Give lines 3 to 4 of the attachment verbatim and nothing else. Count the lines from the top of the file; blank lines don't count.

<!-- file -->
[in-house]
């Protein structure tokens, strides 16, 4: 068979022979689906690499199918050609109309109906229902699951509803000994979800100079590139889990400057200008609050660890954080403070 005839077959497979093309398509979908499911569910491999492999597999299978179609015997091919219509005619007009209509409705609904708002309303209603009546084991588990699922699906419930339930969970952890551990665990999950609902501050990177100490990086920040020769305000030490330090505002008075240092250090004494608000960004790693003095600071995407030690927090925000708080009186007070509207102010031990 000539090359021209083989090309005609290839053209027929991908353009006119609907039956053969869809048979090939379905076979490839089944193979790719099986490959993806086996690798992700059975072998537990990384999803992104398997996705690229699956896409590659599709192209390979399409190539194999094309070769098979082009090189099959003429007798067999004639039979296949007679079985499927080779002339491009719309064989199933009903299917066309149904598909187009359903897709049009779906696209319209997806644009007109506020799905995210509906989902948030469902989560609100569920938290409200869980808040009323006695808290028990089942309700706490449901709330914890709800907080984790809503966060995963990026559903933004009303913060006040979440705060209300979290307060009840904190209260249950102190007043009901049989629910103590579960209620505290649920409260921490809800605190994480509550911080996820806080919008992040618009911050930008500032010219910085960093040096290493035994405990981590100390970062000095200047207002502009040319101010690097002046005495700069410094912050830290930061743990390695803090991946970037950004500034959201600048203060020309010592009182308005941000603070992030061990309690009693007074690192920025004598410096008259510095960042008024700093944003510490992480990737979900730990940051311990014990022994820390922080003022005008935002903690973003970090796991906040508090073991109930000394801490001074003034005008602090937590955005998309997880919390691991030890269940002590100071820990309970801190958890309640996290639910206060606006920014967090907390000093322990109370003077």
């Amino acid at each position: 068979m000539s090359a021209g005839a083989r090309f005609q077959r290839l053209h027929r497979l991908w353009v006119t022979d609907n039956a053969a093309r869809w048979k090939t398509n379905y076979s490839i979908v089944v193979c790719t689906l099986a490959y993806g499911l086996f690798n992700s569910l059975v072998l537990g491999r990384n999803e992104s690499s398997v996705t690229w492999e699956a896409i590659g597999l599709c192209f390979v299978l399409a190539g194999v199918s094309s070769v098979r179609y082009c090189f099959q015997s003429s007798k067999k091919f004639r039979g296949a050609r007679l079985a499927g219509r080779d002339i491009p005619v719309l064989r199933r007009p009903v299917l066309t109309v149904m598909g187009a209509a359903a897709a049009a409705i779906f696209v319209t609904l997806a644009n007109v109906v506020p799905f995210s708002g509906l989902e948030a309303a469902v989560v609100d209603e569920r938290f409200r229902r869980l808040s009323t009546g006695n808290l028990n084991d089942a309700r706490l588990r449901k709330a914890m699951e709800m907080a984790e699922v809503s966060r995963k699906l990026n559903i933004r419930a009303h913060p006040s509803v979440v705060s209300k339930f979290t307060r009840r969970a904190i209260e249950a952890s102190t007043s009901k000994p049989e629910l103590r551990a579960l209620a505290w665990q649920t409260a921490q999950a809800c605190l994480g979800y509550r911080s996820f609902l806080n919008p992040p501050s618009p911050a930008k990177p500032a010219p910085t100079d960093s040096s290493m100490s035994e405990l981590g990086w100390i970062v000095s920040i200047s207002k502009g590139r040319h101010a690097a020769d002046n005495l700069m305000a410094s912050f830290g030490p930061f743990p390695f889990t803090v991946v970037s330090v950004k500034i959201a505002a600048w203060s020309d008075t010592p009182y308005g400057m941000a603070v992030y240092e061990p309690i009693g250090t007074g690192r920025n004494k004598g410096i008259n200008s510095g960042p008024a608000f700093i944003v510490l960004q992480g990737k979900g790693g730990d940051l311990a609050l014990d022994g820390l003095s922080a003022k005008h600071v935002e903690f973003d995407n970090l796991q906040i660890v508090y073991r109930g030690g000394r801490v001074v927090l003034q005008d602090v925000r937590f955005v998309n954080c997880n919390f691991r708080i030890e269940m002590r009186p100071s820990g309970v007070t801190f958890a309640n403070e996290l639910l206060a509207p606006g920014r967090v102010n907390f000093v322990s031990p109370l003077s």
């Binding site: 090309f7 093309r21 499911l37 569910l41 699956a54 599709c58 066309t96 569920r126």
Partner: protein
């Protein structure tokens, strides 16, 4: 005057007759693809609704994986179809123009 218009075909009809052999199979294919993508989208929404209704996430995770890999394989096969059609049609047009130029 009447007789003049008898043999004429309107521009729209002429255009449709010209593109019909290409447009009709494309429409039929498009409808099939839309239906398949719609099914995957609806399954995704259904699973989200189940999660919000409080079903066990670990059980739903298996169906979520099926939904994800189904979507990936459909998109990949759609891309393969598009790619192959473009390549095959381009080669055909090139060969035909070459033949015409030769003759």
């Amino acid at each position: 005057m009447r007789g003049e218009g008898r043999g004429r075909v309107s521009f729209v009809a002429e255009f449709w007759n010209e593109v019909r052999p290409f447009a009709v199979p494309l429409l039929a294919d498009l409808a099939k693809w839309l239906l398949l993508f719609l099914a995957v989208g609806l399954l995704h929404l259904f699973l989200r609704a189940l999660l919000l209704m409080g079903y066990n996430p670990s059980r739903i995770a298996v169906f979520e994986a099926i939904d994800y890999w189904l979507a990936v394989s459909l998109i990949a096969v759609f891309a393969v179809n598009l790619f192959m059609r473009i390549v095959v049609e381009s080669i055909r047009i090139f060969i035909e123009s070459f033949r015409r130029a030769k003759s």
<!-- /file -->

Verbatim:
């Amino acid at each position: 068979m000539s090359a021209g005839a083989r090309f005609q077959r290839l053209h027929r497979l991908w353009v006119t022979d609907n039956a053969a093309r869809w048979k090939t398509n379905y076979s490839i979908v089944v193979c790719t689906l099986a490959y993806g499911l086996f690798n992700s569910l059975v072998l537990g491999r990384n999803e992104s690499s398997v996705t690229w492999e699956a896409i590659g597999l599709c192209f390979v299978l399409a190539g194999v199918s094309s070769v098979r179609y082009c090189f099959q015997s003429s007798k067999k091919f004639r039979g296949a050609r007679l079985a499927g219509r080779d002339i491009p005619v719309l064989r199933r007009p009903v299917l066309t109309v149904m598909g187009a209509a359903a897709a049009a409705i779906f696209v319209t609904l997806a644009n007109v109906v506020p799905f995210s708002g509906l989902e948030a309303a469902v989560v609100d209603e569920r938290f409200r229902r869980l808040s009323t009546g006695n808290l028990n084991d089942a309700r706490l588990r449901k709330a914890m699951e709800m907080a984790e699922v809503s966060r995963k699906l990026n559903i933004r419930a009303h913060p006040s509803v979440v705060s209300k339930f979290t307060r009840r969970a904190i209260e249950a952890s102190t007043s009901k000994p049989e629910l103590r551990a579960l209620a505290w665990q649920t409260a921490q999950a809800c605190l994480g979800y509550r911080s996820f609902l806080n919008p992040p501050s618009p911050a930008k990177p500032a010219p910085t100079d960093s040096s290493m100490s035994e405990l981590g990086w100390i970062v000095s920040i200047s207002k502009g590139r040319h101010a690097a020769d002046n005495l700069m305000a410094s912050f830290g030490p930061f743990p390695f889990t803090v991946v970037s330090v950004k500034i959201a505002a600048w203060s020309d008075t010592p009182y308005g400057m941000a603070v992030y240092e061990p309690i009693g250090t007074g690192r920025n004494k004598g410096i008259n200008s510095g960042p008024a608000f700093i944003v510490l960004q992480g990737k979900g790693g730990d940051l311990a609050l014990d022994g820390l003095s922080a003022k005008h600071v935002e903690f973003d995407n970090l796991q906040i660890v508090y073991r109930g030690g000394r801490v001074v927090l003034q005008d602090v925000r937590f955005v998309n954080c997880n919390f691991r708080i030890e269940m002590r009186p100071s820990g309970v007070t801190f958890a309640n403070e996290l639910l206060a509207p606006g920014r967090v102010n907390f000093v322990s031990p109370l003077s």
């Binding site: 090309f7 093309r21 499911l37 569910l41 699956a54 599709c58 066309t96 569920r126």